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Most Popular Papers *

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Stratigraphical influence on chalk cave development in Upper Normandy, France: implications for chalk hydrogeology
Daniel Ballesteros, Andrew Farrant, Carole Nehme, Mark Woods, Dominique Todisco, and Damase Mouralis

  • The role of stratigraphic discontinuities on chalk speleogenesis has been analyzed
  • The analyses combine cave geometry, karst geomorphology and stratigraphical sections
  • Chalk caves and karst springs are related to hardgrounds, sheet-flints and marl beds
  • Hardgrounds, sheet-flints and marl beds concentrated groundwater flow forming caves
  • The results reinforce the visualization of the Chalk as a karst aquifer

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Bubble trail and folia in cenote Zapote, Mexico: petrographic evidence for abiotic precipitation driven by CO2 degassing below the water table
Rafael López-Martínez, Fernando Gázquez, José M. Calaforra, Philippe Audra, Jean Y. Bigot, Teresa Pi Puig, Rocío J. Alcántara-Hernández, Ángel Navarro, Philippe Crochet, Liliana Corona Martínez, and Raquel Daza Brunet

  • The origin of folia is still controversial
  • In the Cenote Zapote occurs the biggest reported folia
  • Folia are the result of subaqueous calcite precipitation around CO2 bubbles

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The impact of sample processing and media chemistry on the culturable diversity of bacteria isolated from a cave
Katey E. Bender, Katelyn Glover, Alexander Archey, and Hazel A. Barton

  • A “culturomics” cultivation study was performed in a cave for the first time
  • Cultivation strategies were assessed for their performance with cave microbes
  • Sample suspension buffer had no effect on culturability
  • Including antibiotics in culture media decreased apparent culturability, diversity
  • Antibiotics enriched rarer slow-growing species that are more difficult to isolate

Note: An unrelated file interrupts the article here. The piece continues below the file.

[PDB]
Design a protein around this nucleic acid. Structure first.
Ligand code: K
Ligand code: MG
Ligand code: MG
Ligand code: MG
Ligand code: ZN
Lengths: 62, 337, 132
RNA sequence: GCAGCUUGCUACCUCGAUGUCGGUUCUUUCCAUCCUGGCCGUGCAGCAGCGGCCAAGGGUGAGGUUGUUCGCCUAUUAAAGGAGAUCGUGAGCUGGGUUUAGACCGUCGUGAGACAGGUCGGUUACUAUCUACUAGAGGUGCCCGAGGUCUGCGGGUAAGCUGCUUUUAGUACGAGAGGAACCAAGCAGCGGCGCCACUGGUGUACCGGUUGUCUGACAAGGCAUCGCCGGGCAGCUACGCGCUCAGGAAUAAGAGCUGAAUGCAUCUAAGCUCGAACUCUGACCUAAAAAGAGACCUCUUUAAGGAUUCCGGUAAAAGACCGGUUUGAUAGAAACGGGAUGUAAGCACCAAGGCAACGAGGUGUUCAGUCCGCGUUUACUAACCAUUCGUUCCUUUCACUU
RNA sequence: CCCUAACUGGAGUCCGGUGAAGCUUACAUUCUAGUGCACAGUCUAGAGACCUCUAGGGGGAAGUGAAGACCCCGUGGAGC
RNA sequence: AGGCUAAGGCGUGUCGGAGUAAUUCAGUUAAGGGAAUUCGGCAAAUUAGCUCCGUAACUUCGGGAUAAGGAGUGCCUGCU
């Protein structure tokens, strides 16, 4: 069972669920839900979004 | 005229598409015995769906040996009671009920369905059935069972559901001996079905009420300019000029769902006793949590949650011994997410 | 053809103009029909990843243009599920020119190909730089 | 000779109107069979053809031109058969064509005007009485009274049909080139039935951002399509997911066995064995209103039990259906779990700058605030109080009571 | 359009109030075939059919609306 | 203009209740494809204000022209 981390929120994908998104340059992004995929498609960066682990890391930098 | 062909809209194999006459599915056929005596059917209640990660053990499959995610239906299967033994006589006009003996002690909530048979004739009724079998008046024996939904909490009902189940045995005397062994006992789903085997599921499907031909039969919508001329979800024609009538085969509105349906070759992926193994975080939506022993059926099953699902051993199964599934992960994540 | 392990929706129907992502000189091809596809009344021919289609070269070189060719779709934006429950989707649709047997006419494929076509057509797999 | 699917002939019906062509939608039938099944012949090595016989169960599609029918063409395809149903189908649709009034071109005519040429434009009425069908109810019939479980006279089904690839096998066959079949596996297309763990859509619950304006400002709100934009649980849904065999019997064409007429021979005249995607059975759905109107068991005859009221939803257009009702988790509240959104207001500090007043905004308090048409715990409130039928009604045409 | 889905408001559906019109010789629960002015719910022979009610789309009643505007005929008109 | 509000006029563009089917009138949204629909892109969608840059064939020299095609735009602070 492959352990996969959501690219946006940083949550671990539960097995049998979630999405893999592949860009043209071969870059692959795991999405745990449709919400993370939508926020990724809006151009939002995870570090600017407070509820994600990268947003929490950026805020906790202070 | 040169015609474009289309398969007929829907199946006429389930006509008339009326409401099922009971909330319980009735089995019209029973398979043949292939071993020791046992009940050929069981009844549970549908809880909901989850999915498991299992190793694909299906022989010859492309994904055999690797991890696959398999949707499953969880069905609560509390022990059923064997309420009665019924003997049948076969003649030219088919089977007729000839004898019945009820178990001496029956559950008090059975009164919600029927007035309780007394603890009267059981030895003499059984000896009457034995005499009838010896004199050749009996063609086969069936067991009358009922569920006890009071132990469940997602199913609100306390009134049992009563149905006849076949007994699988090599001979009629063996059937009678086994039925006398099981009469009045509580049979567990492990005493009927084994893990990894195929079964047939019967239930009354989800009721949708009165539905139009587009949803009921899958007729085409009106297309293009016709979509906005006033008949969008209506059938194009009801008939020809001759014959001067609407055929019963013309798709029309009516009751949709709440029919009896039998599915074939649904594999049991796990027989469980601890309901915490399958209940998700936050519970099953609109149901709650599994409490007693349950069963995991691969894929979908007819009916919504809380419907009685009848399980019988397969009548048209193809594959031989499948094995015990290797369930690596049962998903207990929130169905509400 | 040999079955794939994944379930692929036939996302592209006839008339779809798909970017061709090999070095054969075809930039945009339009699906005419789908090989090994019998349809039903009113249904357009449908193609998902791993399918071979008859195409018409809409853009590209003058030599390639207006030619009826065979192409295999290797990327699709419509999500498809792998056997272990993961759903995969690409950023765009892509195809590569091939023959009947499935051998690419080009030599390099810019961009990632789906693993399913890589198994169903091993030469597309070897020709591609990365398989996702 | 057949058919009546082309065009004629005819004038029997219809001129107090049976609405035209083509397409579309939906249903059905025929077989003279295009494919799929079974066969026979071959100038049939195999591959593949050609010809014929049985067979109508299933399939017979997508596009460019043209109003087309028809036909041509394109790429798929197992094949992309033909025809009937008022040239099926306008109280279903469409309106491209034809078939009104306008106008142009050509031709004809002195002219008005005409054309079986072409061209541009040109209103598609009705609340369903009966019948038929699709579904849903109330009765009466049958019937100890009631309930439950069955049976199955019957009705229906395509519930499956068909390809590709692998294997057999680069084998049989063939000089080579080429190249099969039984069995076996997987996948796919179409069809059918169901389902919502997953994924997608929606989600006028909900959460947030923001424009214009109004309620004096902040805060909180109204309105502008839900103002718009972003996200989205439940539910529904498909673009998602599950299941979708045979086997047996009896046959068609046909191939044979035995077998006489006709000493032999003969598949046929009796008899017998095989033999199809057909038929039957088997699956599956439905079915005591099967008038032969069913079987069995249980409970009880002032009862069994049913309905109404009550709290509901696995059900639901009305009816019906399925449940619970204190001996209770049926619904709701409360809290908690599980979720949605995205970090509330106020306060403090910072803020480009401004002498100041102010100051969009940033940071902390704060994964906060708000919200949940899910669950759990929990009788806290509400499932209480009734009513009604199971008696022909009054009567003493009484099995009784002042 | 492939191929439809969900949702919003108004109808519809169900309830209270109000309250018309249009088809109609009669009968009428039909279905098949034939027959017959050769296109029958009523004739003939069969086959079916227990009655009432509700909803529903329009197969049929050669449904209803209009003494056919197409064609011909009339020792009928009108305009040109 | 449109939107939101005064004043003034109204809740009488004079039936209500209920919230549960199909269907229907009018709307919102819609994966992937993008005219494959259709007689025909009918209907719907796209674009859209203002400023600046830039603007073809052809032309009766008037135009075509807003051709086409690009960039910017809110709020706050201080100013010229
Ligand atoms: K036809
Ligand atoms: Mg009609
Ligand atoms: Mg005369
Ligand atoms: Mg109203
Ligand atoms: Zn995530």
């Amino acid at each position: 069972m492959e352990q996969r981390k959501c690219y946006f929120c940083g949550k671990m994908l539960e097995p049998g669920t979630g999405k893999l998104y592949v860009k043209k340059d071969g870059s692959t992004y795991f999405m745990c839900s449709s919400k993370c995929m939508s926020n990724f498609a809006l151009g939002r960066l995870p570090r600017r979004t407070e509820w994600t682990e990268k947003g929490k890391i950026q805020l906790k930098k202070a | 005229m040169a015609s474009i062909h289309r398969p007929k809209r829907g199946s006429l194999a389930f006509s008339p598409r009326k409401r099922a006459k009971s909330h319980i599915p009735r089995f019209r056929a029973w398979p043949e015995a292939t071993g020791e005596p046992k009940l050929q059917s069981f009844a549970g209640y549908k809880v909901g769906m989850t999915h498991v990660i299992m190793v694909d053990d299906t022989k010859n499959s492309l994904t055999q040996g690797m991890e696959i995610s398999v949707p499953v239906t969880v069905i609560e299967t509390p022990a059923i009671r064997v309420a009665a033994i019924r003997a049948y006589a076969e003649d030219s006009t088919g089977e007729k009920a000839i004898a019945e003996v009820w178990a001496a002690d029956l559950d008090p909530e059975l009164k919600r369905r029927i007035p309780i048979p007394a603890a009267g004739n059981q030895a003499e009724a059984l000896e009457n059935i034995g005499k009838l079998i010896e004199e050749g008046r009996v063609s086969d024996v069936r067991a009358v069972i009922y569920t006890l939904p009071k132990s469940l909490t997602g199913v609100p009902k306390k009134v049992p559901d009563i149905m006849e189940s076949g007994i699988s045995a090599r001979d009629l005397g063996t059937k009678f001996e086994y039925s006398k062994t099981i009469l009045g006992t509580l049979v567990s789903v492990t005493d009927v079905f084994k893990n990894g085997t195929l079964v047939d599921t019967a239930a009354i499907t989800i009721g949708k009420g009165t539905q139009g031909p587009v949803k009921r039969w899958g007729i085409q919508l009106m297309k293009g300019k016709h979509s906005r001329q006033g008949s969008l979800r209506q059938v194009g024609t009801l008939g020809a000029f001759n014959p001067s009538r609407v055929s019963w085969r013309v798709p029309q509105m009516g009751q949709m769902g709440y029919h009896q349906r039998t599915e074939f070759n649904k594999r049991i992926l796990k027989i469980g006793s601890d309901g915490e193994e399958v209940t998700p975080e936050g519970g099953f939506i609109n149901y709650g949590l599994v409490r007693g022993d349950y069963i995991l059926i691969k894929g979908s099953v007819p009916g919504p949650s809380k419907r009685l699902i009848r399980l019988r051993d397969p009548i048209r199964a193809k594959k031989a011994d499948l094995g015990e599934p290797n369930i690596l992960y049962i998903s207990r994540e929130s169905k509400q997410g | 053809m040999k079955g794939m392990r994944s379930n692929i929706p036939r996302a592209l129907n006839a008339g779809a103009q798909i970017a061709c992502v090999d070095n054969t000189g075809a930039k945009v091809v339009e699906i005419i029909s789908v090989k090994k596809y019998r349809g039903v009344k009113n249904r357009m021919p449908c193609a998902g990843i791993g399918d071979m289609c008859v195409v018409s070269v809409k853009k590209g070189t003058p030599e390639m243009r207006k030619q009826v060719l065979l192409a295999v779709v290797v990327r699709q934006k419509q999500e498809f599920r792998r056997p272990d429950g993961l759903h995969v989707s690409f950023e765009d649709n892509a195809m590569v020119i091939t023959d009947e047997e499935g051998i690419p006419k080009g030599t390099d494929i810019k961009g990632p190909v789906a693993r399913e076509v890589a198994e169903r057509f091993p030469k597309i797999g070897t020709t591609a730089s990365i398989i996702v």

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Safe and effective disinfection of show cave infrastructure in a time of COVID-19
Hazel A. Barton

  • Showcaves have unique challenges to coronavirus disinfection
  • The chemistry of coronaviruses suggest they will adsorb to limestone
  • The chemistry of limestone surfaces is likely to inactivate coronaviruses
  • Effective disinfectants with minimal impact on caves were identified
  • Face masks and social distancing remain critical in preventing disease

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Did you wash your caving suit? Cavers’ role in the potential spread of Pseudogymnoascus destructans, the causative agent of White-Nose Disease
Violeta Zhelyazkova, Antonia Hubancheva, Georgi Radoslavov, Nia Toshkova, and Sebastien J. Puechmaille

  • The fungus Pseudogymnoascus destructans (Pd) is a deadly pathogen for bats
  • Pd spores can be present on caving equipment following a visit to a cave
  • Pd spores can survive on caving equipment for at least 25 days, and probably longer
  • Regular washing removes most Pd spores although it does not replace decontamination
  • Worldwide measures to reduce anthropogenic pathogen pollution in caves are needed

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A world review of fungi, yeasts, and slime molds in caves
Karen J. Vanderwolf, David Malloch, Donald F. McAlpine, and Graham J. Forbes

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The role of microhabitats in structuring cave invertebrate communities in Guatemala
Gabrielle S.M. Pacheco, Marconi Souza Silva, Enio Cano, and Rodrigo L. Ferreira

  • Troglobitic species responded to different substrate features than non-troglobitic species
  • The high specialization of troglobitic species might explain such different responses
  • The findings of this study give insights on how biodiversity is distributed within a cave
  • Conservation measures should aim to preserve as many microhabitats and trophic resources as possible

* Based on the average number of full-text downloads per day since the paper was posted.
» Updated as of 10/30/20.